Bush targets Iran, Syria in marking Beirut bombing anniversary

Other News Materials 18 April 2008 11:03 (UTC +04:00)

(dpa) - US President George W Bush singled out Iran and Syria as supporting terrorism and undermining democracy in Lebanon in a statement marking Friday's 25th anniversary of the bombing of the US embassy in Beirut.

"Since the Beirut attack, we and citizens of many countries have suffered more attacks at the hands of Hezbollah and other terrorists, backed by the regimes in Tehran and Damascus, which use terror and violence against innocent civilians," Bush said in Thursday's statement. "All nations should condemn such brutal attacks and recognize that the purposeful targeting of civilians is immoral and unjustifiable."

The bombing on April 18, 1983, killed 52 people - 35 Lebanese and 17 Americans - and was at that time the deadliest terrorist attack carried out against the United States. However, it set off a series suicide bombings against Americans overseas, including one six months later at a Beirut barracks that killed 241 US troops, 58 French servicemen and six civilians.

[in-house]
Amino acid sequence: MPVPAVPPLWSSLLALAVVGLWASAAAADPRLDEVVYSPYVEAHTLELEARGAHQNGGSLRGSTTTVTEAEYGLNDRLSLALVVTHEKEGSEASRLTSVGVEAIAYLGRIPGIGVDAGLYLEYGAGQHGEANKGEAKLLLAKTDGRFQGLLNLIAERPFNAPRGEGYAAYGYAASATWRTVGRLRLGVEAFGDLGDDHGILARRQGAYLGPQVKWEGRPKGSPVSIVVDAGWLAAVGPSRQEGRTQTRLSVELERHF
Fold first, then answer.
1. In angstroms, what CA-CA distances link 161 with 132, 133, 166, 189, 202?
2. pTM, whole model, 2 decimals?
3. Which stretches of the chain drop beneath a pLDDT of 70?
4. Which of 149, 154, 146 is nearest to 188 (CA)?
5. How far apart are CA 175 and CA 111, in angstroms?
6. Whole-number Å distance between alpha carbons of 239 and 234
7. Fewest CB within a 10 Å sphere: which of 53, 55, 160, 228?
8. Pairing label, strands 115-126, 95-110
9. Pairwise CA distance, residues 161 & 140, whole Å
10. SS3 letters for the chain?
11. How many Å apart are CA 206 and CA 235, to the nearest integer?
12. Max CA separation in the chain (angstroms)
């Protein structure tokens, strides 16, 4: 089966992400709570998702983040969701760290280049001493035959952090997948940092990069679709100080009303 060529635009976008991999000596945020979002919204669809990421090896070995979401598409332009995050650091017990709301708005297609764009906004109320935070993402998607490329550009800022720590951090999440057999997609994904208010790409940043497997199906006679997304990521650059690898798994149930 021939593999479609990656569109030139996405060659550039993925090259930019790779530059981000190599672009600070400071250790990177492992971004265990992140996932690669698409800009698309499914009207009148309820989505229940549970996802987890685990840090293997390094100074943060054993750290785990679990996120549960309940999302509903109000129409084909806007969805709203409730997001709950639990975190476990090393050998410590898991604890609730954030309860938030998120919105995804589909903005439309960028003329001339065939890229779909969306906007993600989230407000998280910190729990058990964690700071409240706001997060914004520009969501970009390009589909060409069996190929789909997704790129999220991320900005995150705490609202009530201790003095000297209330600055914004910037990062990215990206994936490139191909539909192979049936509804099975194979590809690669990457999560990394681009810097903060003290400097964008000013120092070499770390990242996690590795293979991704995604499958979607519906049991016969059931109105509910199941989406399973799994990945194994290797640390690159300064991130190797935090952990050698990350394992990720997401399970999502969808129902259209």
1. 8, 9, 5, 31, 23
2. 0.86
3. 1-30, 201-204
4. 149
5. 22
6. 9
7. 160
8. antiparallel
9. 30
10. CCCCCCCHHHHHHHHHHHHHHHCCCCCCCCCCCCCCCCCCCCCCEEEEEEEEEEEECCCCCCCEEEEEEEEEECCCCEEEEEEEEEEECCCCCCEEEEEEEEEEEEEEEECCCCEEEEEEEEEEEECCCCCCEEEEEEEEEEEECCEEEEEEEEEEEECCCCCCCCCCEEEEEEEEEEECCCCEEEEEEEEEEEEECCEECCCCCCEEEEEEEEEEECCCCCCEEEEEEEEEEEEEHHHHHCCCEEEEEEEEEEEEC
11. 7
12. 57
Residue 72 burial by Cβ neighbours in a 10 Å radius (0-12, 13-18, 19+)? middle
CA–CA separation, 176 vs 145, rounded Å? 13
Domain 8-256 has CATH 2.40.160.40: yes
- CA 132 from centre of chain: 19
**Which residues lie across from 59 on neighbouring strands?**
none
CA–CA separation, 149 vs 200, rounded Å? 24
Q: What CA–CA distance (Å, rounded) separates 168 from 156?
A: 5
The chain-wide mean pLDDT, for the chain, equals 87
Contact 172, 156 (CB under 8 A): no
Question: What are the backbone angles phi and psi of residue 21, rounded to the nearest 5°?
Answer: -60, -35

A group called the Islamic Jihad Organization claimed responsibility for both those attacks. The US government has said the group was a precursor of the Shiite Muslim movement Hezbollah.

Bush noted that Lebanon's people have been living with violence and intimidation for most of the past three decades. "Despite this, they and their leaders continue to work for a peaceful and democratic future, even as Syria, Iran, and their Lebanese proxies seek to undermine Lebanese democracy and institutions," he charged.

Bush added that his government would continue to support Prime Minister Fouad Seniora, whose Western-backed government is locked in a stand-off with the Hezbollah-led opposition over the election of a president to replace pro-Syrian Emile Lahoud, whose term ended in November.

"The United States will continue to stand with the Lebanese government and the Lebanese people as they struggle to preserve their hard-won sovereignty and independence, endeavour to provide justice for victims of terrorism and political violence, and continue to seek the election of a president committed to these principles," Bush said.